I have become slightly obsessed with other's stories. I love hearing about their backgrounds, their successes and failures, and the other lives lived before reaching their current place in history.
When I sat down about a year and a half ago and wrote about my transition from Corporate America to working for myself, I wrote a bit about my background and all the little things I had done and big people I had met along the way that formed my decision and what I decided I wanted to do to make a living. I became curious and wanted to know about everyone's backgrounds at that point. What had brought all of us here to where we stand today?
Of course, I know my friends pretty well and as interesting as all their lives are, I already knew their story. So I started reading biographies - Alexander Hamilton, George Washington, Abraham Lincoln, if you count "Abraham Lincoln: Vampire Hunter". (I do believe this is the true account of what really happened. The movie was horrible though. Don't watch that.) I am still fascinated by our forefathers, but I wanted something closer to home.
I thought to myself, "What's so unlikely?" She seemed like a nice lady who liked to sew and turned it into a business. So, I was intrigued by this unlikeliness and downloaded her book to determine for myself whether or not her life was unlikely. It is indeed unlikely. I don't want to spoil it for you, but her story is inspiring and humbling, like many success stories out there. Not only was she able to make a living from sewing, her craft, but she thrived and built a business so big she pretty much single-handedly supported a town with it. She is a true icon and even though I can watch most of her TV episodes online, I still set my DVR to record them. I like having her in my living room guiding me through the steps of my sewing.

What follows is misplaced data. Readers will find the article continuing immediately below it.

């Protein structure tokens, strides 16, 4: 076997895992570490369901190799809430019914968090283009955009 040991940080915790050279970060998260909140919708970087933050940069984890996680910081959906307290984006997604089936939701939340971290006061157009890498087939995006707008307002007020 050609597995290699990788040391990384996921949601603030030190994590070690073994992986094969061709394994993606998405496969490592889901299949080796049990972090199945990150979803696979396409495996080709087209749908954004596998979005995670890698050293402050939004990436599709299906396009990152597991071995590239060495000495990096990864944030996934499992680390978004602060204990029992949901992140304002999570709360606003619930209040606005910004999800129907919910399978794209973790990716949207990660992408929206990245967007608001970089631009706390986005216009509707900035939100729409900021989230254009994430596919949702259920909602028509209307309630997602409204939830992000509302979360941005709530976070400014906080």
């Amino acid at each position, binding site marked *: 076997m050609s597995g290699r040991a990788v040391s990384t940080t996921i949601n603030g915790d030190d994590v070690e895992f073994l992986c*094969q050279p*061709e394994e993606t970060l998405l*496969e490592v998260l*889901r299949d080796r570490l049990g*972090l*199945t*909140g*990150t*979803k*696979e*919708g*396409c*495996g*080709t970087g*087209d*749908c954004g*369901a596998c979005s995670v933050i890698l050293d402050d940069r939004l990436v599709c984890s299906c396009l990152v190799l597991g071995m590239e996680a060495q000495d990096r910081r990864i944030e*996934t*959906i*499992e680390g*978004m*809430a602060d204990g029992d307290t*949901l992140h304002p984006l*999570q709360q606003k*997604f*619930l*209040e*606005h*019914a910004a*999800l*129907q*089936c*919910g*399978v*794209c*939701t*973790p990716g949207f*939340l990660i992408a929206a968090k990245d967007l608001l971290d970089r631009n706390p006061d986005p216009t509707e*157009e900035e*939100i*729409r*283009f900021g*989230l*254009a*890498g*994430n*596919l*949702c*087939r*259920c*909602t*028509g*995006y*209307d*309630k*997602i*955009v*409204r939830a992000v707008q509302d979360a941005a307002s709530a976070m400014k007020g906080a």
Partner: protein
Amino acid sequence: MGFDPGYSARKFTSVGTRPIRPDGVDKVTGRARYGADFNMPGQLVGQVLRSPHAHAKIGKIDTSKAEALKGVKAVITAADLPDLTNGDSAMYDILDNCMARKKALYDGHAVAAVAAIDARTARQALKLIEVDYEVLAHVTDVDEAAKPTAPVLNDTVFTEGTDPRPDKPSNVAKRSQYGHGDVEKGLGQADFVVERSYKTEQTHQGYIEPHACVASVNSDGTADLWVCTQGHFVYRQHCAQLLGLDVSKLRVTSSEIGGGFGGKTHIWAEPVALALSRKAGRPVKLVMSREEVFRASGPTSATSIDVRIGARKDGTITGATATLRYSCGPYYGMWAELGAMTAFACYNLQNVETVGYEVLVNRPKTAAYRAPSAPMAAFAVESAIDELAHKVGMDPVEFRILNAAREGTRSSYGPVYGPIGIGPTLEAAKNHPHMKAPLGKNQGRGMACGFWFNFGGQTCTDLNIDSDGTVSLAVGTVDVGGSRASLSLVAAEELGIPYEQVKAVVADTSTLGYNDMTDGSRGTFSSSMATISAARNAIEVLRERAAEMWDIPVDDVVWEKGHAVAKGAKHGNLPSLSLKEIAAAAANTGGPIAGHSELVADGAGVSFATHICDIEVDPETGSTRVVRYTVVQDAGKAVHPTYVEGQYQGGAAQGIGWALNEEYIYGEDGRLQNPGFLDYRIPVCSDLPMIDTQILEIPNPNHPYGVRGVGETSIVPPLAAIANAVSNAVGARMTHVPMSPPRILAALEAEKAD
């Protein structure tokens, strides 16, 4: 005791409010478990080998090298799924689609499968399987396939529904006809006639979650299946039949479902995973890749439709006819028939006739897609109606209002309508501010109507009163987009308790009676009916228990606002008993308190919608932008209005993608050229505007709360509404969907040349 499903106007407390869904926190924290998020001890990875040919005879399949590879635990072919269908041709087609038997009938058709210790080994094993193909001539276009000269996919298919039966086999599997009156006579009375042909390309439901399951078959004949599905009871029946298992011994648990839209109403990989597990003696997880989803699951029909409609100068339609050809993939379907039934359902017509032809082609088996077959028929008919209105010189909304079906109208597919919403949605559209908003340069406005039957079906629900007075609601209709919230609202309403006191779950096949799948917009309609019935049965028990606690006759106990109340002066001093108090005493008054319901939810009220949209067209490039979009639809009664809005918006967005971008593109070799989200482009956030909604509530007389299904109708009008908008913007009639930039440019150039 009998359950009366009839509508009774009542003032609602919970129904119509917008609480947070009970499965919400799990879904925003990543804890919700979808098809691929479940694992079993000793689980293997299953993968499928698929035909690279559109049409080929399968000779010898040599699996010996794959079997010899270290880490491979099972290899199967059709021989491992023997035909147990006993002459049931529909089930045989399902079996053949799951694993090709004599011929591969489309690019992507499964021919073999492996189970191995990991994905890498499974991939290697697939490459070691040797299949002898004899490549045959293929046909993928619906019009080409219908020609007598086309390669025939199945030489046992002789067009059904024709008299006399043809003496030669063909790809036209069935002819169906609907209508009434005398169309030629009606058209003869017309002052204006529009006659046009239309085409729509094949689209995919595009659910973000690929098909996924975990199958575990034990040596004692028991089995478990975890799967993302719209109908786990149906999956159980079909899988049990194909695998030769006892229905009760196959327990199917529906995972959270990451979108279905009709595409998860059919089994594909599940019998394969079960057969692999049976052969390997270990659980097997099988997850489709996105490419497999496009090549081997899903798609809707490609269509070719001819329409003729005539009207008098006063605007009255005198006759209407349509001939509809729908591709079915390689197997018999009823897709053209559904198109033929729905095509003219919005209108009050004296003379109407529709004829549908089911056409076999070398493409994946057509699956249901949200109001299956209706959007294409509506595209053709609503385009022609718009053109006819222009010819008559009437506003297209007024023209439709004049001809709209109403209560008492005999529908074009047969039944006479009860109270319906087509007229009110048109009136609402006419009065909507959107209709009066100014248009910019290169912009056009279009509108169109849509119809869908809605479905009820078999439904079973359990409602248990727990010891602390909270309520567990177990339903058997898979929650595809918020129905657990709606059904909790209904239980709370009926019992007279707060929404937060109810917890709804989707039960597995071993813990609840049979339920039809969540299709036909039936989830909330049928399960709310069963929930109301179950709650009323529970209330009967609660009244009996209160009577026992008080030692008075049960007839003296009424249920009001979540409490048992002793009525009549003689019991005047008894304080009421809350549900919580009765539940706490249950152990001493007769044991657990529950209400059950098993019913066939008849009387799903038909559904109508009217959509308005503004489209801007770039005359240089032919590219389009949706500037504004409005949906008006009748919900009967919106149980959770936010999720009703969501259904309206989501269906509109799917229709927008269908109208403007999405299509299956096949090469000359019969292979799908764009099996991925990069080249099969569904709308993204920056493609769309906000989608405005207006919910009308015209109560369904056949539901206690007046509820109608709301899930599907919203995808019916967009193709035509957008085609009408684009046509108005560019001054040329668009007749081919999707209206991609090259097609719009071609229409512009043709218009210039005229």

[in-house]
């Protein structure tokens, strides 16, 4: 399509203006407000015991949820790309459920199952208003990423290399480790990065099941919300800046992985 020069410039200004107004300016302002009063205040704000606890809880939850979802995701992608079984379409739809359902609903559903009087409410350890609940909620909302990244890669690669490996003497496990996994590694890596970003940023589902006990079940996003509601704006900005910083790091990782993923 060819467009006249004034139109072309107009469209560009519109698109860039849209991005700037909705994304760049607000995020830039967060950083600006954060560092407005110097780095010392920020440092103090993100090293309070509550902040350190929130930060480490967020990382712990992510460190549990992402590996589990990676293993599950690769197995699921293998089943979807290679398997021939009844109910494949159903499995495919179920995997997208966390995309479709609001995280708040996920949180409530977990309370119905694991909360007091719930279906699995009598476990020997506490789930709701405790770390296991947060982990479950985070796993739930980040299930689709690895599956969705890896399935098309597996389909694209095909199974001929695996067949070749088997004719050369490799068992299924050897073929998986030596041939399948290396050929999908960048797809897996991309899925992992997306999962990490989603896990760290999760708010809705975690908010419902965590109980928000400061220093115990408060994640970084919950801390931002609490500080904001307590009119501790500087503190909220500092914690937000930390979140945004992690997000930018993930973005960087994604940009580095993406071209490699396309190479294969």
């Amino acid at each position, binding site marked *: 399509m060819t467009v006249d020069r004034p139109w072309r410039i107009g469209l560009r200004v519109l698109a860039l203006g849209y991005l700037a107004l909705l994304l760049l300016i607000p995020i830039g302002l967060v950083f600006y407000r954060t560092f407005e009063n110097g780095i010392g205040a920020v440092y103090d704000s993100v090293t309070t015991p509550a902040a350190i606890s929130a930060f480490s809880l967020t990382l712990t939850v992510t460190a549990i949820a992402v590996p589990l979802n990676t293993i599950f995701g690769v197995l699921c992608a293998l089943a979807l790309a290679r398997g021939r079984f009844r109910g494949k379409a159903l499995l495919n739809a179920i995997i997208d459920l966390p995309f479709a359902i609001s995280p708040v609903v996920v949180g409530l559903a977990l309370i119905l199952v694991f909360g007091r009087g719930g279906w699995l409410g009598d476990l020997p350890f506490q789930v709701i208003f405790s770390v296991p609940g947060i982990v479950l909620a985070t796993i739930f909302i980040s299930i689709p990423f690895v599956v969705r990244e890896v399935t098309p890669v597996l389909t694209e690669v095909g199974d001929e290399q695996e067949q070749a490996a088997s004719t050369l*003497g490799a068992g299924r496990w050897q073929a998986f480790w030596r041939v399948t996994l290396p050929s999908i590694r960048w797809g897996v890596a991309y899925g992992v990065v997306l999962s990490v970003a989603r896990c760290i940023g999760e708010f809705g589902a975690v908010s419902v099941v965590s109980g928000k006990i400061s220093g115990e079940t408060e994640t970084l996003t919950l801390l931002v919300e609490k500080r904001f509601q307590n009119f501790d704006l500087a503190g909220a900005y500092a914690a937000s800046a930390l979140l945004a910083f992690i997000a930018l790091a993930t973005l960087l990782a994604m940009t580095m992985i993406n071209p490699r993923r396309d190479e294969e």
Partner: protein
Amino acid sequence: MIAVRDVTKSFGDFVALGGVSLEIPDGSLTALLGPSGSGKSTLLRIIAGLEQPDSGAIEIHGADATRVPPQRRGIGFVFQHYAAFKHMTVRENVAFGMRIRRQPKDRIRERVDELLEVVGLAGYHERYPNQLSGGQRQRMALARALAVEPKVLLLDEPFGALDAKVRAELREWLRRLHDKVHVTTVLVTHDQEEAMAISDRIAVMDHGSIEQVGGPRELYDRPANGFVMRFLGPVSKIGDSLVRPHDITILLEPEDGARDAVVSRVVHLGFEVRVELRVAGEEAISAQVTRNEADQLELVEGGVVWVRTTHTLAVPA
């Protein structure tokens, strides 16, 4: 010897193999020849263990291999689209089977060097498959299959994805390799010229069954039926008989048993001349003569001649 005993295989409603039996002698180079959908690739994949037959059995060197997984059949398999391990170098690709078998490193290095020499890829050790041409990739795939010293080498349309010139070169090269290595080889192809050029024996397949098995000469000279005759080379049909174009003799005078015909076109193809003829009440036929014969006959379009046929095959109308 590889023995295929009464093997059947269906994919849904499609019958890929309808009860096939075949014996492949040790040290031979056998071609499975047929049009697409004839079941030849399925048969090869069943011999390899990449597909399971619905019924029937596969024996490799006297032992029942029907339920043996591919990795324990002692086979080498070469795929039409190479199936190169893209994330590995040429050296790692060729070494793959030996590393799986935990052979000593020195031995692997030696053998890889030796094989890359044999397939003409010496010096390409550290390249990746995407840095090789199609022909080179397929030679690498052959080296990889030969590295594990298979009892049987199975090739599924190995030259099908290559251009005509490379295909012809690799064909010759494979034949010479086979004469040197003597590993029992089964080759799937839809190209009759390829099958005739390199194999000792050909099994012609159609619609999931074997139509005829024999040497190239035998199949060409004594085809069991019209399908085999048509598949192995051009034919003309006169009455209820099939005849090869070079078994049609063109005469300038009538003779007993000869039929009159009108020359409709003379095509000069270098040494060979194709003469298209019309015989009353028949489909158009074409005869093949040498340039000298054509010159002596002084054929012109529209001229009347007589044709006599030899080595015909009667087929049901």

So when a friend invited me along to hear Heather Ross read from her new book "How To Catch A Frog", I tagged along in hopes of grabbing some more insight into someone else's story. You can probably guess at Heather's background by looking at her illustrations and her simple, flowy style of drawing and painting. But, I had no idea how it was merely the tip of the iceberg. What fascinates me more is how different her childhood was from mine. And while our style and craft are completely different, here we are in the same space. That's pretty awesome.
I bought a copy of her book at the Powerhouse Arena in DUMBO/Brooklyn where her talk was held and it felt good to support a local bookstore and a fellow craftsperson. Heather had her friend Maggie preserve Meyer Lemons as a giveaway if you bought a copy of the book, and free charm packs for those in attendance.
So charming, and another wonderful insight into an incredible woman. If you haven't read it, it'll make your love of wool and Clara even more emphatic.